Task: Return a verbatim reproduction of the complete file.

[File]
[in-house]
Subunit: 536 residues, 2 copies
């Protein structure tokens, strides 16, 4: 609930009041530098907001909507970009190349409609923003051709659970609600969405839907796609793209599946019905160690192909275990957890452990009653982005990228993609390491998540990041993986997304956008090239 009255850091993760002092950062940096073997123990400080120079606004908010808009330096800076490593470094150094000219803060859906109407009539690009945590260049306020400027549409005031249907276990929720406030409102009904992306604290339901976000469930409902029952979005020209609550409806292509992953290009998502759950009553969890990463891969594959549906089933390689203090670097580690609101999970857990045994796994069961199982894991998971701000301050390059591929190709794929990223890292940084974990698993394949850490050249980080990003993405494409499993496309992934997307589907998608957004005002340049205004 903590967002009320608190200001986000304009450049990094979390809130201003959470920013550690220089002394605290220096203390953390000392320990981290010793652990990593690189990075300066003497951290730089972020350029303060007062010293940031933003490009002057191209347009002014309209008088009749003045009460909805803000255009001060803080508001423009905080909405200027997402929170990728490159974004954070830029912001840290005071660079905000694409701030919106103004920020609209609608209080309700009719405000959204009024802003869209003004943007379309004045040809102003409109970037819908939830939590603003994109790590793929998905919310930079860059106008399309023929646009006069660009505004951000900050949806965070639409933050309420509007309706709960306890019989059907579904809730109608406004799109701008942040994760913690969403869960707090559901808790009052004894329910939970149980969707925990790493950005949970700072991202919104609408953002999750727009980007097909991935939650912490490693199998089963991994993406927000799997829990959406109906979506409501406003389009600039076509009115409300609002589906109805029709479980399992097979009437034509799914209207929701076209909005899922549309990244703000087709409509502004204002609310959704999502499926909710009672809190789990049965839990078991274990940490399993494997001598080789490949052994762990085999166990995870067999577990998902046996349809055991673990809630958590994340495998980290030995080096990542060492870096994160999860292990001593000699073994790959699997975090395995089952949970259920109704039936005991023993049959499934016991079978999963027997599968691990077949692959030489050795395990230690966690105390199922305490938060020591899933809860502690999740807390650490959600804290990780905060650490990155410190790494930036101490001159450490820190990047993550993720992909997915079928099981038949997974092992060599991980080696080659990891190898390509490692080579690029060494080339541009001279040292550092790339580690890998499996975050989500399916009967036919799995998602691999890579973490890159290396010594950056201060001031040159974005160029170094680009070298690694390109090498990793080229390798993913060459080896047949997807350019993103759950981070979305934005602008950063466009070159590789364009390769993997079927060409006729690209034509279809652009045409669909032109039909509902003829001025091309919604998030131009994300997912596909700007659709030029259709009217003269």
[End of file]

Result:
[in-house]
Subunit: 536 residues, 2 copies
């Protein structure tokens, strides 16, 4: 609930009041530098907001909507970009190349409609923003051709659970609600969405839907796609793209599946019905160690192909275990957890452990009653982005990228993609390491998540990041993986997304956008090239 009255850091993760002092950062940096073997123990400080120079606004908010808009330096800076490593470094150094000219803060859906109407009539690009945590260049306020400027549409005031249907276990929720406030409102009904992306604290339901976000469930409902029952979005020209609550409806292509992953290009998502759950009553969890990463891969594959549906089933390689203090670097580690609101999970857990045994796994069961199982894991998971701000301050390059591929190709794929990223890292940084974990698993394949850490050249980080990003993405494409499993496309992934997307589907998608957004005002340049205004 903590967002009320608190200001986000304009450049990094979390809130201003959470920013550690220089002394605290220096203390953390000392320990981290010793652990990593690189990075300066003497951290730089972020350029303060007062010293940031933003490009002057191209347009002014309209008088009749003045009460909805803000255009001060803080508001423009905080909405200027997402929170990728490159974004954070830029912001840290005071660079905000694409701030919106103004920020609209609608209080309700009719405000959204009024802003869209003004943007379309004045040809102003409109970037819908939830939590603003994109790590793929998905919310930079860059106008399309023929646009006069660009505004951000900050949806965070639409933050309420509007309706709960306890019989059907579904809730109608406004799109701008942040994760913690969403869960707090559901808790009052004894329910939970149980969707925990790493950005949970700072991202919104609408953002999750727009980007097909991935939650912490490693199998089963991994993406927000799997829990959406109906979506409501406003389009600039076509009115409300609002589906109805029709479980399992097979009437034509799914209207929701076209909005899922549309990244703000087709409509502004204002609310959704999502499926909710009672809190789990049965839990078991274990940490399993494997001598080789490949052994762990085999166990995870067999577990998902046996349809055991673990809630958590994340495998980290030995080096990542060492870096994160999860292990001593000699073994790959699997975090395995089952949970259920109704039936005991023993049959499934016991079978999963027997599968691990077949692959030489050795395990230690966690105390199922305490938060020591899933809860502690999740807390650490959600804290990780905060650490990155410190790494930036101490001159450490820190990047993550993720992909997915079928099981038949997974092992060599991980080696080659990891190898390509490692080579690029060494080339541009001279040292550092790339580690890998499996975050989500399916009967036919799995998602691999890579973490890159290396010594950056201060001031040159974005160029170094680009070298690694390109090498990793080229390798993913060459080896047949997807350019993103759950981070979305934005602008950063466009070159590789364009390769993997079927060409006729690209034509279809652009045409669909032109039909509902003829001025091309919604998030131009994300997912596909700007659709030029259709009217003269």